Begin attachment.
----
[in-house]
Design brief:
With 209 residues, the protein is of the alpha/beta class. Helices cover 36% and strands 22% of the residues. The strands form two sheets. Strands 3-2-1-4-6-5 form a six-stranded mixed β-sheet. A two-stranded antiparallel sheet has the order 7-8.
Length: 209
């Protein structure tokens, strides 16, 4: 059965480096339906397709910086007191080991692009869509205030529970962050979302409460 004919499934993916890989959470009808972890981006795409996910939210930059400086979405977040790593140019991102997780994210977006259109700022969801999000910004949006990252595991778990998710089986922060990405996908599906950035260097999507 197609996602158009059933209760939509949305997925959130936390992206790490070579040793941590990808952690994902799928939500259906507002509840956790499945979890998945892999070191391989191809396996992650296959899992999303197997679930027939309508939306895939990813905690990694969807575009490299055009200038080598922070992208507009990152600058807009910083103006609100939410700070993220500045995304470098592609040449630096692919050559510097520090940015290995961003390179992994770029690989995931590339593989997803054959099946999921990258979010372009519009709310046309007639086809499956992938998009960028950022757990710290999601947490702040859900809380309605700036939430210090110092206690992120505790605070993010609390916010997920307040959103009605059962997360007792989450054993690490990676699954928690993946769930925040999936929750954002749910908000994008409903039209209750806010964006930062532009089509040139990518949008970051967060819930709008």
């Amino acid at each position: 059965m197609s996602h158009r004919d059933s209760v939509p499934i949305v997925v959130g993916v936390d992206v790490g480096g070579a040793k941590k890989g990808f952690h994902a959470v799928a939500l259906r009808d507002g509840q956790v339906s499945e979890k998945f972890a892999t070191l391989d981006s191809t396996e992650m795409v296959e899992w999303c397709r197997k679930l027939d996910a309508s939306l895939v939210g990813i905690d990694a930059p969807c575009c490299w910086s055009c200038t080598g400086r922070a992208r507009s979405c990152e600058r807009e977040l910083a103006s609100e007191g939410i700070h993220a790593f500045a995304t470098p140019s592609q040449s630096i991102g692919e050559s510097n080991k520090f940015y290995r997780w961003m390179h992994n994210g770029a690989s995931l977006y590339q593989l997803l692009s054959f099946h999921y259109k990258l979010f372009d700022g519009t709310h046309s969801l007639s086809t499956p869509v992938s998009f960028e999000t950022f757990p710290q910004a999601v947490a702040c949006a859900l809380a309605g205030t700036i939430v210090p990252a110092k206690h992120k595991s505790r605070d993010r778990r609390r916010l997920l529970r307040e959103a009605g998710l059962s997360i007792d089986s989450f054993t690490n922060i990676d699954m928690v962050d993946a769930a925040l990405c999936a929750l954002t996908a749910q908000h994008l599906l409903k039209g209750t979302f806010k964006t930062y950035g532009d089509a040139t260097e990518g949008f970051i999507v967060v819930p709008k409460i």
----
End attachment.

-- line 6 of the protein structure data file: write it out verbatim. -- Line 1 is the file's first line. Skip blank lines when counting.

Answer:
């Amino acid at each position: 059965m197609s996602h158009r004919d059933s209760v939509p499934i949305v997925v959130g993916v936390d992206v790490g480096g070579a040793k941590k890989g990808f952690h994902a959470v799928a939500l259906r009808d507002g509840q956790v339906s499945e979890k998945f972890a892999t070191l391989d981006s191809t396996e992650m795409v296959e899992w999303c397709r197997k679930l027939d996910a309508s939306l895939v939210g990813i905690d990694a930059p969807c575009c490299w910086s055009c200038t080598g400086r922070a992208r507009s979405c990152e600058r807009e977040l910083a103006s609100e007191g939410i700070h993220a790593f500045a995304t470098p140019s592609q040449s630096i991102g692919e050559s510097n080991k520090f940015y290995r997780w961003m390179h992994n994210g770029a690989s995931l977006y590339q593989l997803l692009s054959f099946h999921y259109k990258l979010f372009d700022g519009t709310h046309s969801l007639s086809t499956p869509v992938s998009f960028e999000t950022f757990p710290q910004a999601v947490a702040c949006a859900l809380a309605g205030t700036i939430v210090p990252a110092k206690h992120k595991s505790r605070d993010r778990r609390r916010l997920l529970r307040e959103a009605g998710l059962s997360i007792d089986s989450f054993t690490n922060i990676d699954m928690v962050d993946a769930a925040l990405c999936a929750l954002t996908a749910q908000h994008l599906l409903k039209g209750t979302f806010k964006t930062y950035g532009d089509a040139t260097e990518g949008f970051i999507v967060v819930p709008k409460i």